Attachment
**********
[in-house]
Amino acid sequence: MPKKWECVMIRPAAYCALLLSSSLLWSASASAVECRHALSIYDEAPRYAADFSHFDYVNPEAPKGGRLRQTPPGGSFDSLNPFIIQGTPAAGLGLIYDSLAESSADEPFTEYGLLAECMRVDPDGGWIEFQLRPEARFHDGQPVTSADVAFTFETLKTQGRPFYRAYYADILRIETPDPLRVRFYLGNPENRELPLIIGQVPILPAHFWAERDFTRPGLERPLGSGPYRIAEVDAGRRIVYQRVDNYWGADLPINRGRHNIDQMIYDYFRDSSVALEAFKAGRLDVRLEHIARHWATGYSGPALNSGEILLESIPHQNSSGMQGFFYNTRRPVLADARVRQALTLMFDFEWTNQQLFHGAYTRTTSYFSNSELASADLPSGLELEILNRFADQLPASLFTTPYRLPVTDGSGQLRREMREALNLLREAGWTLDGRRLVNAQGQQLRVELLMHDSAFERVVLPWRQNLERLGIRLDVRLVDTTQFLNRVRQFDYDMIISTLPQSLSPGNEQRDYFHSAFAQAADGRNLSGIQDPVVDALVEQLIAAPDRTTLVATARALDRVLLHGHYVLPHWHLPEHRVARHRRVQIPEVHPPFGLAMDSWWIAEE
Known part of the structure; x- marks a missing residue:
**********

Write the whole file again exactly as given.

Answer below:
[in-house]
Amino acid sequence: MPKKWECVMIRPAAYCALLLSSSLLWSASASAVECRHALSIYDEAPRYAADFSHFDYVNPEAPKGGRLRQTPPGGSFDSLNPFIIQGTPAAGLGLIYDSLAESSADEPFTEYGLLAECMRVDPDGGWIEFQLRPEARFHDGQPVTSADVAFTFETLKTQGRPFYRAYYADILRIETPDPLRVRFYLGNPENRELPLIIGQVPILPAHFWAERDFTRPGLERPLGSGPYRIAEVDAGRRIVYQRVDNYWGADLPINRGRHNIDQMIYDYFRDSSVALEAFKAGRLDVRLEHIARHWATGYSGPALNSGEILLESIPHQNSSGMQGFFYNTRRPVLADARVRQALTLMFDFEWTNQQLFHGAYTRTTSYFSNSELASADLPSGLELEILNRFADQLPASLFTTPYRLPVTDGSGQLRREMREALNLLREAGWTLDGRRLVNAQGQQLRVELLMHDSAFERVVLPWRQNLERLGIRLDVRLVDTTQFLNRVRQFDYDMIISTLPQSLSPGNEQRDYFHSAFAQAADGRNLSGIQDPVVDALVEQLIAAPDRTTLVATARALDRVLLHGHYVLPHWHLPEHRVARHRRVQIPEVHPPFGLAMDSWWIAEE
Known part of the structure; x- marks a missing residue: